A rod end bearing, also known as a heim joint or rose joint, is a mechanical articulating joint. Originally used in aircraft, these bearings can be found in cars, trucks, lawn tractors, boats, industrial machines and other applications. This article explains how they work and how to specify them.

This close-up of the head of a three-piece rod end clearly shows the ball surrounded by a race, which is staked into the body. Photo courtesy Aurora Bearing Co.

What do assembled items as diverse as aircraft, lawn tractors and industrial machines have in common? They all require rod end bearings, which are mechanical articulating joints that accommodate significant misalignment between two components, either statically, dynamically, or in combination, in an assembly. Vaguely resembling the ends of ratchet wrenches, rod end bearings attach to a static rod via a threaded shaft. They are also known as heim or rose joints.

Unlike traditional ball and roller bearings, which are designed for all kinds of rotating assemblies, rod end bearings provide more precise control and greater wear resistance in oscillating assemblies with back-and-forth movements.

As a result, these bearings are used on the ends of control rods, steering links, tie rods, cylindrical parts or anywhere a precision articulating joint is required. Originally used in aircraft control mechanisms, these bearings increasingly are being used by assemblers of cars, trucks, boats and industrial machines.

“Their appeal is allowing misalignment without any deflection,” says John McCrory, race car product manager for Aurora Bearing Co., a manufacturer of rod end bearings. “They were originally used in aircraft because they allowed precise control of the plane’s flaps and wings, which have to flex. Now their applications have expanded to include rocket engines, space stations and rovers, along with military and other vehicles.”

Rod end bearings are also used in a variety of processing and packaging equipment, and in positioning systems for solar panels, wind turbines and satellite dishes.

A profile-systems manufacturer uses plastic rod end bearings in this packaging-line pedestal. The manufacturer used these bearings in place of heavy metallic roller bearings and ball bearings. Photo courtesy igus Inc.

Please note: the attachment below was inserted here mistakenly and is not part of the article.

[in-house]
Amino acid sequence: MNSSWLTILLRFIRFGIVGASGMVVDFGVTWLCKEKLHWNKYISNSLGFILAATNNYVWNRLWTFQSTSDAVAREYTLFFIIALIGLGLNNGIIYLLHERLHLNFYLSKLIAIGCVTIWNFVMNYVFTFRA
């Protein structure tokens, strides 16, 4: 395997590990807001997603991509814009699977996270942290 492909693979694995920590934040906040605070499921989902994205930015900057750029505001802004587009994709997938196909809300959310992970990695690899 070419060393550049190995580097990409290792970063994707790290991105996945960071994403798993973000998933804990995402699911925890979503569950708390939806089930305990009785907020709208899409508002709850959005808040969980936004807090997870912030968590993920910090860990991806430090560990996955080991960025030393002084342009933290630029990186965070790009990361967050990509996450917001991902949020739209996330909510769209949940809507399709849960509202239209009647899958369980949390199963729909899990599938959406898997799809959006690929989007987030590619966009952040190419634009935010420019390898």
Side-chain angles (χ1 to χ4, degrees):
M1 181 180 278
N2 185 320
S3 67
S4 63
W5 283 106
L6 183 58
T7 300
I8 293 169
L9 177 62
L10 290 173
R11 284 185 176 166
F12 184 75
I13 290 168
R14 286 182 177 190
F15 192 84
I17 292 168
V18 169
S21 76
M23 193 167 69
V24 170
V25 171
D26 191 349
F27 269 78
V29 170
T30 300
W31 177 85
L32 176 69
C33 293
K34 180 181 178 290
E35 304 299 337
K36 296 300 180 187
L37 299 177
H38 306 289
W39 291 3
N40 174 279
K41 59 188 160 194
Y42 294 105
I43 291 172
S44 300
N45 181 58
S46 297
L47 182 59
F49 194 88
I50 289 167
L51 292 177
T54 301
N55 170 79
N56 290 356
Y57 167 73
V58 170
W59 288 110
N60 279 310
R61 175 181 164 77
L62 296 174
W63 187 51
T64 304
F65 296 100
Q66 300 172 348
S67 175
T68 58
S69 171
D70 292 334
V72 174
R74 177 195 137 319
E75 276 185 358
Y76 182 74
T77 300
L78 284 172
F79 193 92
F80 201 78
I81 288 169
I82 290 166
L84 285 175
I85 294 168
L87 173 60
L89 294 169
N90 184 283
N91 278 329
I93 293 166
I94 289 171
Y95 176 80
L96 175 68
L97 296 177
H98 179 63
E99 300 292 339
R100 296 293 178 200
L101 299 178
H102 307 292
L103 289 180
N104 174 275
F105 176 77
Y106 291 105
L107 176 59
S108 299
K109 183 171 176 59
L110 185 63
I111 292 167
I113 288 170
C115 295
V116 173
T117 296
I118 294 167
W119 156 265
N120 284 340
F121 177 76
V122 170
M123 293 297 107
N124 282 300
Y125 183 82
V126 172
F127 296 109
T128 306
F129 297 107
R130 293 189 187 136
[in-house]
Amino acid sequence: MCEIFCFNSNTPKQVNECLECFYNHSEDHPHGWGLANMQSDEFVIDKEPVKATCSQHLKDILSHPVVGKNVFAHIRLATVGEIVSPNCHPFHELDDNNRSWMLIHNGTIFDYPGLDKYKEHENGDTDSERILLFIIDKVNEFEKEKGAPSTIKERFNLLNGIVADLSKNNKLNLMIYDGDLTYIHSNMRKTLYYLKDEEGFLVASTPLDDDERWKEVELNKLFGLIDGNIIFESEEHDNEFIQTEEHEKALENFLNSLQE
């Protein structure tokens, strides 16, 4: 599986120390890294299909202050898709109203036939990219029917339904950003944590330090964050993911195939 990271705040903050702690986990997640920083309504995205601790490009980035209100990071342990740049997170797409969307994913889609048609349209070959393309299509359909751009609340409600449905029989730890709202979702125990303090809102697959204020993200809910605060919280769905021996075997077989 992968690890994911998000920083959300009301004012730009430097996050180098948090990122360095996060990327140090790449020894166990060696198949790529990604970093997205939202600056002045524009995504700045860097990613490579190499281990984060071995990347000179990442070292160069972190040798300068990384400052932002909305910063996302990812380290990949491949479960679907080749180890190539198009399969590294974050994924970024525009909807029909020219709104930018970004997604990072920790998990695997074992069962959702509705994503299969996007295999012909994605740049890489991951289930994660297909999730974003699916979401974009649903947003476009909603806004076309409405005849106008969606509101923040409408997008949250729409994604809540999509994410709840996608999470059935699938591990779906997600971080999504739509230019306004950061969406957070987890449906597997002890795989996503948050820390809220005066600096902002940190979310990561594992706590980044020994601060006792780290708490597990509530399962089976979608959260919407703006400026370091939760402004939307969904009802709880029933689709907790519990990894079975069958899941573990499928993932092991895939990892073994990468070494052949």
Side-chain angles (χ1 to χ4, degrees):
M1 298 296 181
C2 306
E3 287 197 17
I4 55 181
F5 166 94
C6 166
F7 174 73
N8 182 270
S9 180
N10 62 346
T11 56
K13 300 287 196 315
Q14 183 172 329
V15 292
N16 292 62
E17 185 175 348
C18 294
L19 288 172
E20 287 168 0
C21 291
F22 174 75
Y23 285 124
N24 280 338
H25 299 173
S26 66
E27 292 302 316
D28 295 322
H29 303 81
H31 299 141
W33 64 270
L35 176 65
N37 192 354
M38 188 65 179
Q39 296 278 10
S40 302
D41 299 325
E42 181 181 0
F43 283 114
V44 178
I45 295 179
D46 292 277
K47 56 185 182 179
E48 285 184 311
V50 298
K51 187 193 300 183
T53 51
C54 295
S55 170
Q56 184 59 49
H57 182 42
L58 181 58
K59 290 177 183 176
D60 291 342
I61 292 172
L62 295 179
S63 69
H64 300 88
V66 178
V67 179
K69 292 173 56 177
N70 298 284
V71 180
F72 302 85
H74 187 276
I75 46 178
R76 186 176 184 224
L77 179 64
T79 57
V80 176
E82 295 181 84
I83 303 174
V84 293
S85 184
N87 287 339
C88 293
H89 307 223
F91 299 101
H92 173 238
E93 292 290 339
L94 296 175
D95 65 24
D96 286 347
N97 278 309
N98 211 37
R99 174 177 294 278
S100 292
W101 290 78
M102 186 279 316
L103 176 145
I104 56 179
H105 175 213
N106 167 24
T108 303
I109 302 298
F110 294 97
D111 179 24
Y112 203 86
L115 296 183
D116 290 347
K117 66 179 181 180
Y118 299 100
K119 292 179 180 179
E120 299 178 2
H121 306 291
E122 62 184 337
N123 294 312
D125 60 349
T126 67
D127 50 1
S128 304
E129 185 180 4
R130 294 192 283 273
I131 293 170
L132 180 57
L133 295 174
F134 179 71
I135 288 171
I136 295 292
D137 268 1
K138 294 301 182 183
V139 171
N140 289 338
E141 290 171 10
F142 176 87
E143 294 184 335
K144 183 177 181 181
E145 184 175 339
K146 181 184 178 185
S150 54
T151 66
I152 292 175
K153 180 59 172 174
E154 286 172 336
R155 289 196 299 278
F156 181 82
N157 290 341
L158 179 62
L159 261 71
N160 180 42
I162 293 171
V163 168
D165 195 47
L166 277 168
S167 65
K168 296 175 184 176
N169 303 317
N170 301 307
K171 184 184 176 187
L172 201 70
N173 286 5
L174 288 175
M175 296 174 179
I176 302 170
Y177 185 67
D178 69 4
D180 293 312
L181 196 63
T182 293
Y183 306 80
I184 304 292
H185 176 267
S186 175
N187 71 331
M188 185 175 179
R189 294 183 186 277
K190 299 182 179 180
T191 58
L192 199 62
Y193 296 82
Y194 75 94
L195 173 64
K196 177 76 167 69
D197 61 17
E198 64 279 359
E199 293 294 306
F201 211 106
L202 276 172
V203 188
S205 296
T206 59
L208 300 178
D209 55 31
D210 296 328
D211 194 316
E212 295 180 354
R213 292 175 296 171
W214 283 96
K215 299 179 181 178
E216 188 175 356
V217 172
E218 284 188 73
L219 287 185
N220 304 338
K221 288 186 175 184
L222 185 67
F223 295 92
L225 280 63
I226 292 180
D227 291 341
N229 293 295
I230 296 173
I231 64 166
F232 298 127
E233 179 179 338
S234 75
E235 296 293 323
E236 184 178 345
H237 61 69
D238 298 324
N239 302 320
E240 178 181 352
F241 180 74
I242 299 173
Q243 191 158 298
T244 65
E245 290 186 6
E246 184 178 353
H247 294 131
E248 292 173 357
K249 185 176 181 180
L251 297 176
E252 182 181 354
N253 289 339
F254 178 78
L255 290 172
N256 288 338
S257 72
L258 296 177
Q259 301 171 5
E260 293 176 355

Many Different Types

Rod end bearings feature either a two-piece or three-piece design. A two-piece bearing consists of a ball swivel, or spherical end bearing, incorporated into a housing that has an eye-shaped head and integral threaded shaft.

A three-piece bearing also features a race swaged around the ball swivel to provide low friction and smooth operation. To further reduce wear and friction, a PTFE (polytetrafluoroethylene) liner of woven fabric can be chemically bonded to the race’s inner diameter.

Usually, the ball swivel is retained in the housing by a mechanical staking process or retaining rings. The ball swivel has a bore opening through which a bolt or other attaching hardware may pass. Bearings are available with bore diameters ranging from 1/8 to 6 inches in increments of 1/16 inch.

The bearing’s shaft can be made to any length and is measured in English or metric sizes, depending on the supplier. Shaft diameter can either be the same as the bore, or larger than the bore for greater strength. The shaft bottom can be supplied with a wrench flat to assist with mounting.

The shaft features one of four types of threads: male external right hand, male external left hand, female internal right hand and female internal left hand. Right or left indicates the slant direction of the threads.

Although most rod end bearings have the usual “righty-tighty” threading, some tighten counterclockwise to fit special situations.

Female bearings may feature a Zerk-type grease fitting in the shaft; male bearings have the grease fitting in the head. Occasional grease is typical maintenance.

Rod end bearings are made of ferrous metals, brass, bronze, or high-performance plastic.